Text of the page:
So if Fasting Plasma Glucose is high, it means one of two things.  Either your pancreas is not capable of responding to basal levels of blood sugar by producing basal levels of insulin, in which case your pancreas is probably FUBAR and you are quite likely already a full blown diabetic.  Or – and this is more likely if you haven’t already been diagnosed with diabetes – your liver is not recognizing the basal levels of insulin which your still- healthy pancreas is producing.  This is known as hepatic insulin resistance…your liver has become resistant to insulin.  The graph below (taken from a very interesting Medscapearticle - providing that you are the kind of person who finds Medscape articles interesting) shows just how closely fasting blood sugar and hepatic insulin resistance are related.

 hepatic insulin resistance

As you can see, the higher the FPG, the more sugar being produced by the liver.  Clearly, fasting blood glucose tells us something important about hepatic insulin resistance.  But what does it tell us about the progression to type II diabetes?  If  your liver becomes resistant to insulin early in the progression to type II, then FPG should accurately predict that progression. 

As it turns out, the liver only becomes insulin resistant early in some people.  In others, the muscles or the fat tissue lead the charge into blood sugar dysregulation.  This paper indicates that the early stages of insulin resistance are characterized primarily by impaired glycogen synthesis in the muscles.  The muscles are less inclined to sponge glucose out of the blood and turn it into glycogen, therefore it takes more time and  insulin to achieve normal blood glucose levels.  The authors concede that in some people the liver wins the race to insulin resistance, but they do not seem to think that this is common.

The point is that Fasting Plasma Glucose levels can easily lie within the “normal” range despite problems with sugar regulation.  Even if your muscles are seriously insulin resistant, you can get away with the extra large pizza and coke for dinner because your pancreas continues to pump out mega-shots of insulin to compensate for your sky-rocketing blood sugar.  2 hours after dinner, your blood sugar might be way beyond dangerous diabetic levels, but your doctor won’t know about that.  Your doctor won’t know about it because the FPG test isn’t administered until the next morning.  And by the next morning, your iron pancreas will have pumped out enough insulin to bring blood sugar back down to below the 5.5 mark.  As long as your liver remains at least somewhat sensitive to insulin, it will not start pushing sugar into the blood and upping your FPG levels.  By the time FPG finally gets high enough for your doctor to notice, you have probably already sustained years of glucose-related vascular damage.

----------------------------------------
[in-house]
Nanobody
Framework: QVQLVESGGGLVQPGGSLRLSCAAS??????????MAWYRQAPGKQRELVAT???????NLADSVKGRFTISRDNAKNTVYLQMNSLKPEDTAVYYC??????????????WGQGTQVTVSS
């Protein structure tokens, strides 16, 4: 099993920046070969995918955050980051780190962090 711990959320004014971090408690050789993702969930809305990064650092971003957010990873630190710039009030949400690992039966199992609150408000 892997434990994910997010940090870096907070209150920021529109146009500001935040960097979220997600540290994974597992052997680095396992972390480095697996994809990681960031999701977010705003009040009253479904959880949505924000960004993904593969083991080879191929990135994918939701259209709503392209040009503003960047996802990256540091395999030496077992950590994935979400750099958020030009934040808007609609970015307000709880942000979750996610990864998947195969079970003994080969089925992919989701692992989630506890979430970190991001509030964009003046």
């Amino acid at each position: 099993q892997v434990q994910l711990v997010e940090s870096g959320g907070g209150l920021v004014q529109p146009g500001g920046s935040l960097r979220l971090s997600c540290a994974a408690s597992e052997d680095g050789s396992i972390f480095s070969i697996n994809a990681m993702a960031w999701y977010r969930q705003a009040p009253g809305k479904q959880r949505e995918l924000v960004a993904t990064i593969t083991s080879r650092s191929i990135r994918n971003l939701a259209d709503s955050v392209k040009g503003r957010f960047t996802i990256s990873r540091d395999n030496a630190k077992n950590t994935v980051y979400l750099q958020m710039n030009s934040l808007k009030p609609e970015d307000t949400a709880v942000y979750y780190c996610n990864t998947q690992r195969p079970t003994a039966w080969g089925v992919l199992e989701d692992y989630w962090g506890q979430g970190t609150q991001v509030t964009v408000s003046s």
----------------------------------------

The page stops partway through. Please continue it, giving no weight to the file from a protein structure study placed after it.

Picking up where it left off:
If we expect to use FPG as a tool in our battle against the diabetes epidemic, it is clear that we must, at a minimum, re-evaluate the parameters by which we define “normal” blood sugar. The accepted FPG “normal” of 5.6 used by most doctors may be normal in the context of a population rife with obesity, overweight, vascular disease and blood sugar dysregulation.  But it is not likely to be optimal. It probably represents at least a minimal level of insulin resistance and suggests that vascular damage due to glycation is occurring.  Healthy young people do not tend to have FPG levels as high as 5.6.  In fact, as this graph shows optimal FPG is probably closer to 4.5 than it is to 5.5.

normal blood sugar small

What is normal?

It is difficult to read here, so click on the link above if you want to see more clearly.  The blue line represents total plasma glucose for 24 healthy young study participants.  The black vertical line shows where the first meal of the day happens.  We are interested in the part of the blue line before the first meal.   From 6:00 am to 7:30 am, these truly normal people had, on average, a blood sugar around 80mg/dl which corresponds to 4.4 mmol/l for us Canadians.  4.4 is a long way removed from 5.6!  The upper limit of their morning measurements was around 95 (5.3 in Canada) while the lower limit was around 60 (3.3 in Canada).   

Over the last 15 years, standard guidelines for “normal” FPG have been revised twice.  15 years ago anything under 6.7 was considered normal.  In 1997 the American Diabetes Association brought ”normal”  down to 6.1.  In 2003, they lowered it again to 5.6.  Granted, much of this pressure to lower “normal” has probably been initiated by pharmaceutical companies.  After all, lower standards for blood sugar means more sales of blood sugar lowering drugs like Metformin.  Still, in light of the evidence provided above, it would seem that lower is indeed better…at least down to the FPG = 4.5 level or so.  And, if caught early enough, very few people would need to rely on pharmaceuticals to get them there.